Where’s home for you?
Me, here: a dynamic attention brought to the moment, composing the writing-to-be as close to the impression as possible, allowing no thought—that officious intermeddler—to fill the space into which innocent material will be given, new, as if this moment has never happened before:
…there is a silence, not filled too quickly, lest the response be shallow, ordinary, known. Go there with a new question … go there.
The spotlight’s on in the backyard; the light in the bedroom’s off. I watch the wind, made visible by snowflakes. Expect 8 to 10 inches tonight, we’re told.
The word driven comes to mind–snowflakes driven down like rain, perpendicular. Or pulled down like gravity on meteorites–white, dragging their neon ribbons. Then a change in the mind of the wind: snowflakes waft like May flies in a swarm, short-lived. Then that testy wind laughs. A cyclone in white explodes in silence.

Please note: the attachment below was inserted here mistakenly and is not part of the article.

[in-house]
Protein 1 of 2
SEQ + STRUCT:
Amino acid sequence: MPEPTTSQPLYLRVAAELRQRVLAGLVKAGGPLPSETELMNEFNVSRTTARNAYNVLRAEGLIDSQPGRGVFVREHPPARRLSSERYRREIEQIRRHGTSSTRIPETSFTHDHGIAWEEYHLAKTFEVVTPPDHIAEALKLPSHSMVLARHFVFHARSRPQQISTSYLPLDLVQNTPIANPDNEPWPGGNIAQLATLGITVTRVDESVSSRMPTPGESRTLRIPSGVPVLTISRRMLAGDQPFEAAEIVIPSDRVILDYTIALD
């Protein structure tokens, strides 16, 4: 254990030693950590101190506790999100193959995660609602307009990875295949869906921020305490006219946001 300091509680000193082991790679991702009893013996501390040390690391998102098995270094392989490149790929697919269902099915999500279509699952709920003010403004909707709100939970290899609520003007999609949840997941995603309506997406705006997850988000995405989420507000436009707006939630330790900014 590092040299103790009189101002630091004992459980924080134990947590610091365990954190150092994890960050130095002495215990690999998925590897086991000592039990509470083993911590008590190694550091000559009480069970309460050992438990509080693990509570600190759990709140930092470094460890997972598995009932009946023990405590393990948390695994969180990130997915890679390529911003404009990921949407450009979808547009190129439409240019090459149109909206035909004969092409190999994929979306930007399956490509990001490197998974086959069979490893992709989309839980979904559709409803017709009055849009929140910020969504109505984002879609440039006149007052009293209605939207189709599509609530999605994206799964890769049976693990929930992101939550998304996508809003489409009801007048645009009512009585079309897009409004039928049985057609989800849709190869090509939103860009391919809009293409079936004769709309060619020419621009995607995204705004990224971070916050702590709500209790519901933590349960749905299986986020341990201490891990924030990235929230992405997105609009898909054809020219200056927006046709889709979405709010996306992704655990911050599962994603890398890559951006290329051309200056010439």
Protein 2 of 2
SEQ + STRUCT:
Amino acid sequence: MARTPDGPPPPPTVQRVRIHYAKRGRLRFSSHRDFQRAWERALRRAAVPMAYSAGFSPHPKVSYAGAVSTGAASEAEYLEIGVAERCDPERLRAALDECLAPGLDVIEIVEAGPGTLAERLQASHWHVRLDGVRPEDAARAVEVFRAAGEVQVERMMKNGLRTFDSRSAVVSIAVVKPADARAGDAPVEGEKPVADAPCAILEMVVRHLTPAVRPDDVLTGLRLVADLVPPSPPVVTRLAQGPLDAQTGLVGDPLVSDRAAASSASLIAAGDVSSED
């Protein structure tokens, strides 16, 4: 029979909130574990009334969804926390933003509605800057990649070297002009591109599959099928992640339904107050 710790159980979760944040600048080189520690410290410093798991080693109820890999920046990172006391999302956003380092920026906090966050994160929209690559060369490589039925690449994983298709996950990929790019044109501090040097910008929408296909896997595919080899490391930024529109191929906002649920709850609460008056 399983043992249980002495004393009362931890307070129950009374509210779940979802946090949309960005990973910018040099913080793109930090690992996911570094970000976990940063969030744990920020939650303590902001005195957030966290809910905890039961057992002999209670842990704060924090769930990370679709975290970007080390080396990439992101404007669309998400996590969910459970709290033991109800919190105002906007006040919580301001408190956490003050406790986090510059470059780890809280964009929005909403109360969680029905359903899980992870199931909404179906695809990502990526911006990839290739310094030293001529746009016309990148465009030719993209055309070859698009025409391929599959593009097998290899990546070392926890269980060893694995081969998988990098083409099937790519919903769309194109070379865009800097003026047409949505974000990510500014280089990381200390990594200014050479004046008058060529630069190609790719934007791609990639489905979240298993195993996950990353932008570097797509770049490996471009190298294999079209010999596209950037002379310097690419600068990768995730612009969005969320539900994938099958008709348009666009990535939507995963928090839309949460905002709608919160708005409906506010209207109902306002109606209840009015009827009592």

I think of other silent spaces.
There’s the silence in some books. In Marilynn Robinson–I’m thinking of Home or Giliad–and I imagine her writing new lines early in the morning, before she uses language for anything else. No talking, no listening to others talk, no listening to herself talk. You know, that associative chatter in the head. Just stillness. Essential to craft. She places pockets of potential silence at the end of sentences, of paragraphs. Can you see them?